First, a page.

# Show that the diagonal $\Delta$ is closed in $X\times X$

I'm trying to show the following implication:

Given $(X,\mathcal{T})$

$\bigcap_{U \in \mathcal{U}} \bar{U} = \{x\} \quad \forall x \in X; \text{ where }\mathcal{U}\text{ is the set of all open neighbourhoods of }x \rightarrow$ The diagonal $\Delta = \{(x,x)|x\in X\}$is closed in $X \times X$.

I tried to show that all points of closure of $\Delta$ lie in $\Delta$, but I could only get as far as this:

If $(x,y) \in \bar{\Delta}, \text{ then }\bar{U(x)} \cap \bar{V(y)} \neq \phi \quad \forall \{U(x),V(y)\} \subset \mathcal{T}$.

But I can't think of a way to show that implies $x=y$ without using the fact that the space is Hausdorff, which I'm trying to avoid.

I was trying to think of a way to show that $\bigcap_{\{U(x),V(y)\} \subset \mathcal{T}}[U(x)\cap V(y)]$ is nonempty, since that implies that $\{x\}=\{y\}$, but can't see an argument to show that would be so.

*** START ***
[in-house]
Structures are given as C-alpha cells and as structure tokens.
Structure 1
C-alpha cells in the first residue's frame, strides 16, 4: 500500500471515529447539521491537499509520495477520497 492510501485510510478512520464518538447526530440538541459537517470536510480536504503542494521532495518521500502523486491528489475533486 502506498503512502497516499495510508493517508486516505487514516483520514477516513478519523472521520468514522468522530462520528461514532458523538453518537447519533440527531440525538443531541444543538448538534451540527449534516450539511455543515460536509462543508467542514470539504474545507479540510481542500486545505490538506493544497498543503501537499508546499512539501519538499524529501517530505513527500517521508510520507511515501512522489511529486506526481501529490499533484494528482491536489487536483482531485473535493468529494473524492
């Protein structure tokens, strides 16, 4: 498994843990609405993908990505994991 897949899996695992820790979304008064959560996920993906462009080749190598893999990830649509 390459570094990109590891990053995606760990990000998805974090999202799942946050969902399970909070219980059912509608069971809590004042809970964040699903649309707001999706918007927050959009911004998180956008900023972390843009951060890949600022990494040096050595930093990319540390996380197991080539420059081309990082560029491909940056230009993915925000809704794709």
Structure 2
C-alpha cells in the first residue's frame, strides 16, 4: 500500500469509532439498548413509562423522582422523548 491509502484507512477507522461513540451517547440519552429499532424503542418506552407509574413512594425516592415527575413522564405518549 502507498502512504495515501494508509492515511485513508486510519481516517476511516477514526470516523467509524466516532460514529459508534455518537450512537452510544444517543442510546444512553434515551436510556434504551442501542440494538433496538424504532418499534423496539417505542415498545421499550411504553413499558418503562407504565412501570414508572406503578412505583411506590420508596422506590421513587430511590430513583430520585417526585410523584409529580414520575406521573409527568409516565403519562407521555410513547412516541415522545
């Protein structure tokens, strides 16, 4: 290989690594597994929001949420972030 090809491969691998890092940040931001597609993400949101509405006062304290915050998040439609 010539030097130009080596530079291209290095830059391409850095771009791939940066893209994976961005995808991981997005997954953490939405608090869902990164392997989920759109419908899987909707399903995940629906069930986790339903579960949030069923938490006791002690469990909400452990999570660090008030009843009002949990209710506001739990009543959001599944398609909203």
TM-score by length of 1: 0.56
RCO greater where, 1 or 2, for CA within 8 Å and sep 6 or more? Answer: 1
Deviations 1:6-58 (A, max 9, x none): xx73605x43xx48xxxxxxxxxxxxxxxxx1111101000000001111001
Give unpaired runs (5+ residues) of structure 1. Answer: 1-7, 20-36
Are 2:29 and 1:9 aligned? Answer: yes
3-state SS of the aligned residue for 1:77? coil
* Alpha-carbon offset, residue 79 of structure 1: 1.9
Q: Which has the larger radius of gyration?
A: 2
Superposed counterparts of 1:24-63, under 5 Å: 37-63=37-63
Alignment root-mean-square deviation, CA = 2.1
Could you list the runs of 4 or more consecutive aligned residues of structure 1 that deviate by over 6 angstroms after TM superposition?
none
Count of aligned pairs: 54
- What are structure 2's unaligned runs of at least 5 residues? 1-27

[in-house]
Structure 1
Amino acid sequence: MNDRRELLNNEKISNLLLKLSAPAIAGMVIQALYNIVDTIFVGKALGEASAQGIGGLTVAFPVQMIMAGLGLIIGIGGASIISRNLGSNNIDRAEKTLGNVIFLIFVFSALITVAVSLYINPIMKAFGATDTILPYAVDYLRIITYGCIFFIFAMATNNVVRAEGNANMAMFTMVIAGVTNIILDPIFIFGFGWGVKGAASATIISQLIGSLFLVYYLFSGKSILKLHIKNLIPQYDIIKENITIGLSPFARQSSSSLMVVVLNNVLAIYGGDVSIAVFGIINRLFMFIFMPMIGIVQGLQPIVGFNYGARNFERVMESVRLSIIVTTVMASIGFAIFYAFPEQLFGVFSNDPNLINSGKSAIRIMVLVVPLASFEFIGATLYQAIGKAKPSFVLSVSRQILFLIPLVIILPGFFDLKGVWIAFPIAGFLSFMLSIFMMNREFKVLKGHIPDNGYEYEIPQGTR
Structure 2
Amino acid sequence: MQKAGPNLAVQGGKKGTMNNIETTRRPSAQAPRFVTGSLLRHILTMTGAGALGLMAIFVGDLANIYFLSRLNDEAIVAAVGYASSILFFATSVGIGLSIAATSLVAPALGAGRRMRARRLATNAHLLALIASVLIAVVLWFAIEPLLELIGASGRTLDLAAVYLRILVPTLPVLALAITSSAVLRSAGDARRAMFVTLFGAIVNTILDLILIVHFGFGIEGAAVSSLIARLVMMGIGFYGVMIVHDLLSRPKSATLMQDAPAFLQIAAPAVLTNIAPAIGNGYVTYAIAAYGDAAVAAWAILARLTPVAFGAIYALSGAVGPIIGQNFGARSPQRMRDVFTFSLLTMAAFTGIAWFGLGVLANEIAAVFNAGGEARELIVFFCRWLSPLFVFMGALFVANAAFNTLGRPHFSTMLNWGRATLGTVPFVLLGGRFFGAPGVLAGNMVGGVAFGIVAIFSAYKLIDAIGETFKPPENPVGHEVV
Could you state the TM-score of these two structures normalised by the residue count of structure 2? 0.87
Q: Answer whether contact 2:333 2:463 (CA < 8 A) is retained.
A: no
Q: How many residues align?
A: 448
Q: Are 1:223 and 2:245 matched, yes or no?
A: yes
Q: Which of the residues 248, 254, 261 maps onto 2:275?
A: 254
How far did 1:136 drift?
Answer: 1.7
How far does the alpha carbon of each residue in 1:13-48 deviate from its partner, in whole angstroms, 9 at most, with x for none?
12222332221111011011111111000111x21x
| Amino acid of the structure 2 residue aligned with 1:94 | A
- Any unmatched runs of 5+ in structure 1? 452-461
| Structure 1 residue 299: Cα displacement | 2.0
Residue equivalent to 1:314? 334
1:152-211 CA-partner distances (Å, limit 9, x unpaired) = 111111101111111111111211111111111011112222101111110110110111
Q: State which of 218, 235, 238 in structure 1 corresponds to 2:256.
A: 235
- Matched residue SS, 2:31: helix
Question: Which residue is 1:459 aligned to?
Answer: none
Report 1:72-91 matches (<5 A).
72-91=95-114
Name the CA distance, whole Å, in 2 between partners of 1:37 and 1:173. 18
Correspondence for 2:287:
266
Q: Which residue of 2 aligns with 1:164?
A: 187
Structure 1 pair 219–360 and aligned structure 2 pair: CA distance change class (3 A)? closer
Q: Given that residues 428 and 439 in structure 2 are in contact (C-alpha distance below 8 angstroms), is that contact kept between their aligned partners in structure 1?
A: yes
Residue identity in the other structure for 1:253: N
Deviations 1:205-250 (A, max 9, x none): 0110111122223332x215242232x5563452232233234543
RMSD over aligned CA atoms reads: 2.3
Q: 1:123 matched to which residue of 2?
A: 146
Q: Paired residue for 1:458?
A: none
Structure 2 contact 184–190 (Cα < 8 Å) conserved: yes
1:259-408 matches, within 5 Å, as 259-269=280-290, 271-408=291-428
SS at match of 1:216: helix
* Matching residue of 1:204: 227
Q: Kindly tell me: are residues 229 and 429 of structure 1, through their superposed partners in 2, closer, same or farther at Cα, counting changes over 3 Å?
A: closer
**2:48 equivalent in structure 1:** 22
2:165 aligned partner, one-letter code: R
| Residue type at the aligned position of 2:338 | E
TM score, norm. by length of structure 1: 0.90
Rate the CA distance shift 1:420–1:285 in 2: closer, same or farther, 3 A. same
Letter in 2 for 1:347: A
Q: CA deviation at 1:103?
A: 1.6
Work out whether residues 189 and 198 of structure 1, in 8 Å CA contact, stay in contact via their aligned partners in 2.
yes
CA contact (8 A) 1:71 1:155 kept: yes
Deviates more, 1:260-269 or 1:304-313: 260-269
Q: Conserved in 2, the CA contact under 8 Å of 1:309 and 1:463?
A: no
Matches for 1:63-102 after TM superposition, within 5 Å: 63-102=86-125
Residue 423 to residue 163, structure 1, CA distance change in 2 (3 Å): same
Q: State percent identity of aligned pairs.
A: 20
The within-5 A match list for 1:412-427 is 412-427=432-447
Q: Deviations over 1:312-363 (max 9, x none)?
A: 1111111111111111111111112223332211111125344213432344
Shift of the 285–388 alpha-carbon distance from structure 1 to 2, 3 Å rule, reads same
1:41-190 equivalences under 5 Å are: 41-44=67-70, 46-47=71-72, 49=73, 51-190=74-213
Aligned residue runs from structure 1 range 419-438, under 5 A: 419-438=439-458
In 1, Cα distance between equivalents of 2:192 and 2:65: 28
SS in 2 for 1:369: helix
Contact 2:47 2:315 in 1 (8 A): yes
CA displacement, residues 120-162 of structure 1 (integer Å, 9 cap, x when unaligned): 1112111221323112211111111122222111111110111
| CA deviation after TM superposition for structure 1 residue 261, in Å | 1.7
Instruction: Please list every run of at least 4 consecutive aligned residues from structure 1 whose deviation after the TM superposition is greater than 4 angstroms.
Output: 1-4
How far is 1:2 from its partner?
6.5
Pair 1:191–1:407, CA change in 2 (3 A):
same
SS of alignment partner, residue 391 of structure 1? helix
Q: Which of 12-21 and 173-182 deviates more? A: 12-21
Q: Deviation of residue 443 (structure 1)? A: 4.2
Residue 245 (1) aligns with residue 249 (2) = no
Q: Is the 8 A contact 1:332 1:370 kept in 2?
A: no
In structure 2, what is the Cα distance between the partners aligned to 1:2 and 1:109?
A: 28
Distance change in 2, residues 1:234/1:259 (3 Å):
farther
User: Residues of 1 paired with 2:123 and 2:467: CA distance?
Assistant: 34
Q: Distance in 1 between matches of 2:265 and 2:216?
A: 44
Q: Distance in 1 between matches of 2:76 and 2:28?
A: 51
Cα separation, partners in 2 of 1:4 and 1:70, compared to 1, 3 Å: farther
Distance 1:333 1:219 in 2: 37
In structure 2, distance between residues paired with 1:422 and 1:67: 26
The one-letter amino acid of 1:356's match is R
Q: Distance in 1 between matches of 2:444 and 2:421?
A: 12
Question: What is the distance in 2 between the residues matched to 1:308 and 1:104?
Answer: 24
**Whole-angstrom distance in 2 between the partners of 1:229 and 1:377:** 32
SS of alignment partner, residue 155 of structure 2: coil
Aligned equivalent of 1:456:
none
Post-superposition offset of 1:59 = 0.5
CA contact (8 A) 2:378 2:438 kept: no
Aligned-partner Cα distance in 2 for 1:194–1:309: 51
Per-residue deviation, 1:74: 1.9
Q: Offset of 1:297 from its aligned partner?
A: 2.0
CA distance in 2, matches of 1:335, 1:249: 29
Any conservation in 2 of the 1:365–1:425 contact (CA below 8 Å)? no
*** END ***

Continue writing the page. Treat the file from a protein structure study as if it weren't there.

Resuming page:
Let $x$ and $y$ be two distinct points of $X$. According to the hypotheses of the problem, there is an open neighborhood $U$ of $x$ such that $y\not\in \overline{U}$. Therefore if $V=X\setminus\overline{U}$ then $U$ is an open neighborhood of $x$, $V$ is an open neighborhood of $y$, and $U\cap V=\emptyset$.
The set $U\times V$ is an open neighborhood of $(x,y)$ in $X\times X$, and cannot contain any point of $\Delta$ because $U$ and $V$ are disjoint. Therefore $U\times V\subset (X\times X)\setminus\Delta$.
As $(x,y)$ was any point of $(X\times X)\setminus\Delta$, this shows that $(X\times X)\setminus\Delta$ is open, so $\Delta$ is closed.
• Note that the hypothesis implies that $X$ is Hausdorff, as seen in carmichael561's answer. The converse also holds : $X$ is Hausdorff iff $\Delta$ is closed in $X^2.$ Commented Mar 1, 2016 at 7:57